Today is Body Confidence Day, a time to honor our unique and amazing bodies and selves! We’ll be celebrating on Twitter with a #NEDAchat on body positivity, diverse role models, and self-care techniques. Aerie model Iskra Lawrence, singer/songwriter Matthew Koma, and our other panelists will share personal experiences, helpful tips, and resources for support. Tune in by following @nedastaff and #NEDAchat on Twitter today from 2-3pm ET!
In the meantime, five of our writers bravely shared their body-confidence journeys. Check out what they had to say below:
Stephanie Ziajka: “Unconditional self-love is a beautiful thing, but the journey to personal acceptance and body confidence doesn’t come without tribulation. As difficult as it was for me personally, once I started accepting my perceived flaws and imperfections as beautiful, I finally began to feel like I was thriving for the first time in my life. Body confidence has made me happier than any diet, dress size, or number on a scale ever could.”
Katrin Alyss: “My body confidence really started to gain traction in 2015. I was walking around Cedar Point in shorts and dancing to the music that they were playing there. I wasn’t worried about how I looked dancing, I was just having fun letting loose at my favorite playground. This year in 2017, I decided to try on dresses at the mall. Earlier in my recovery dresses weren’t even on the radar for me. I purchased three. I wore a dress for my anniversary this past year at Olive Garden. I haven’t crossed the finished line yet, but I am getting closer than where I was three years prior.”
Diana Denza, Communications Associate: “I haven’t always felt good in my own skin, which fueled my eating disorder in college. To me, body confidence means stepping outside of your comfort zone and owning who you are in each stage of your life. Wear the crop top. Get the tattoo. Dye your hair pink, blue, or purple (or maybe all three). Skip the heels that you can’t walk in. Or do the exact opposite of what I’ve written if it makes you feel more like yourself.
By experimenting with different styles, practicing intuitive eating, exercising at my own pace, and allowing my body size to naturally fluctuate, I’ve felt a lot better about myself. I also read books and articles by women (shout out to Issa Rae, Samantha Irby, and Lindy West) society would define as ‘fat’ or ‘curvy.’ They’re smart, powerful, wonderfully imperfect, and not afraid to speak their minds. Remember: you deserve to feel good about yourself. Anything else is a lie.”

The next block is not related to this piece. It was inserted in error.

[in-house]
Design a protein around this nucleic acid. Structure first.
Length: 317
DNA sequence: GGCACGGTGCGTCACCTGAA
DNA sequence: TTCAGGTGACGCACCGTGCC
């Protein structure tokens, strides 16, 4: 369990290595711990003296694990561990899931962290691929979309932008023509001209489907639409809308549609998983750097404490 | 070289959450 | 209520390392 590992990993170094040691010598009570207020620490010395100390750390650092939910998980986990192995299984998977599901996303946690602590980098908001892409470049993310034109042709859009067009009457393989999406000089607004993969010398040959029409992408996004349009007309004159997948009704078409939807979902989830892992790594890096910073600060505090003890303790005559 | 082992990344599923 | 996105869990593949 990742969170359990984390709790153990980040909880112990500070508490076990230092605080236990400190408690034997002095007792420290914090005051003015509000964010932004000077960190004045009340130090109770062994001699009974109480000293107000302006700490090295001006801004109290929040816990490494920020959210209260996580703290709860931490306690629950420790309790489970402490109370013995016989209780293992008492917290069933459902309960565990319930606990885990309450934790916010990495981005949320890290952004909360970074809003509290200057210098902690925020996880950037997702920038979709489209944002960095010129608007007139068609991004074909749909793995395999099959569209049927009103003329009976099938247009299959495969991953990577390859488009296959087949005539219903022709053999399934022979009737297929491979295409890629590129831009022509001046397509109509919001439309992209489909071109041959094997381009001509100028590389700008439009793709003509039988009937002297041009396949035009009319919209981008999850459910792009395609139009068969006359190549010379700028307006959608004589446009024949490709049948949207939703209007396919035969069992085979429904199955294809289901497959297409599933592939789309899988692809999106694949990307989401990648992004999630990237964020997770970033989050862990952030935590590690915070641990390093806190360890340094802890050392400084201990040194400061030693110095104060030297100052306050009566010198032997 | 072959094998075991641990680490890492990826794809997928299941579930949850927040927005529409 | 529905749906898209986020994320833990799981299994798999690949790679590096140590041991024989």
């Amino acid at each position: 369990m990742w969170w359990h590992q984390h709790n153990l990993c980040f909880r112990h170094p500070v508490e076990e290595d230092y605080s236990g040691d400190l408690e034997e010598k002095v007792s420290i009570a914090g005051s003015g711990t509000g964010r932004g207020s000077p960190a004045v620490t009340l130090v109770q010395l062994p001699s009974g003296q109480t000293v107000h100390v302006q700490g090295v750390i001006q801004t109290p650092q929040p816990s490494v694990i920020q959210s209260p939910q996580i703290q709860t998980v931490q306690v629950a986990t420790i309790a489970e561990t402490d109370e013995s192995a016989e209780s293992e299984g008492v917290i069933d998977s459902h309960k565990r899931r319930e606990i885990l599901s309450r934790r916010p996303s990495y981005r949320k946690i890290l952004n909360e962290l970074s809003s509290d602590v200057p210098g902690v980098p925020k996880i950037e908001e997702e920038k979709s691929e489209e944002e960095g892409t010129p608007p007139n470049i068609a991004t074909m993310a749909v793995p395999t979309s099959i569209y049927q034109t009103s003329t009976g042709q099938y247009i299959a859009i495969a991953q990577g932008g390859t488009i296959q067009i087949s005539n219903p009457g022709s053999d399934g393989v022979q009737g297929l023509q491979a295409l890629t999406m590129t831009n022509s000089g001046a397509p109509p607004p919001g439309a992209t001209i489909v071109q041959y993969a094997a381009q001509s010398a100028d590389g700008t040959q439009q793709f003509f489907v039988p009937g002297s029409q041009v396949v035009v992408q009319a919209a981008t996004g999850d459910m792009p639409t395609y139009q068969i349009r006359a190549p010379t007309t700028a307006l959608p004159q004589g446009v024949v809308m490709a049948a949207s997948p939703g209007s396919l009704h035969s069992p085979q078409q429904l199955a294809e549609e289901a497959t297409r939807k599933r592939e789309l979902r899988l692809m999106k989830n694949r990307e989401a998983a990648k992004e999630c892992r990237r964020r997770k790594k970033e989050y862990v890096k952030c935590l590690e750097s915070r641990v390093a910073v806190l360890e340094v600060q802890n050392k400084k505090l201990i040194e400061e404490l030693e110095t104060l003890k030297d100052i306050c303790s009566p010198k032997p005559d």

Kira Rakova: “I think body confidence is a non-static concept. A lot of people see (body) confidence as something that you either have or you do not have. But there is a grey space—body confidence is an ever-shifting spectrum. Like many people, I struggled and still struggle with that idea of the grey space, but I think even realizing that exists has been helpful in my journey.
More specifically, though, I think realizing that I don’t need to be confident about every part of myself helped as well. For me, that grey space is being able to accept myself bit by bit and in ways that I can instead of pushing myself to be “confident” all the time in every way.
Finally, I just want to note that body confidence, as it is part of the larger body positivity movement, needs to be understood within body politics. Body confidence and positivity is not just about working toward feeling good in one’s own body and making others feel good. It is also about working toward making the world a safer place for marginalized people to feel safe in their bodies. And I think that’s something that is often forgotten.”
Ashley Michelle Williams: “Since the age of 12, I have been on the journey in loving my body and being confident in my body. I always felt insecure from a young age as I was very curvy and wanted to be smaller like my peers. However, as I have gotten older and as our society began to embrace this idea of curves even more, it also helped me to love my body and be confident with it. It’s helped me to realize how diverse we all are and that our body type is the perfect body type for us.
Yes, we need to take care of ourselves, eat right, and move our bodies, but we shouldn’t go to extremes to do so. We shouldn’t try to be anything more than who we are. Who we are individually is a beautiful thing and so is the body that we each have been given. So let’s be confident in it!”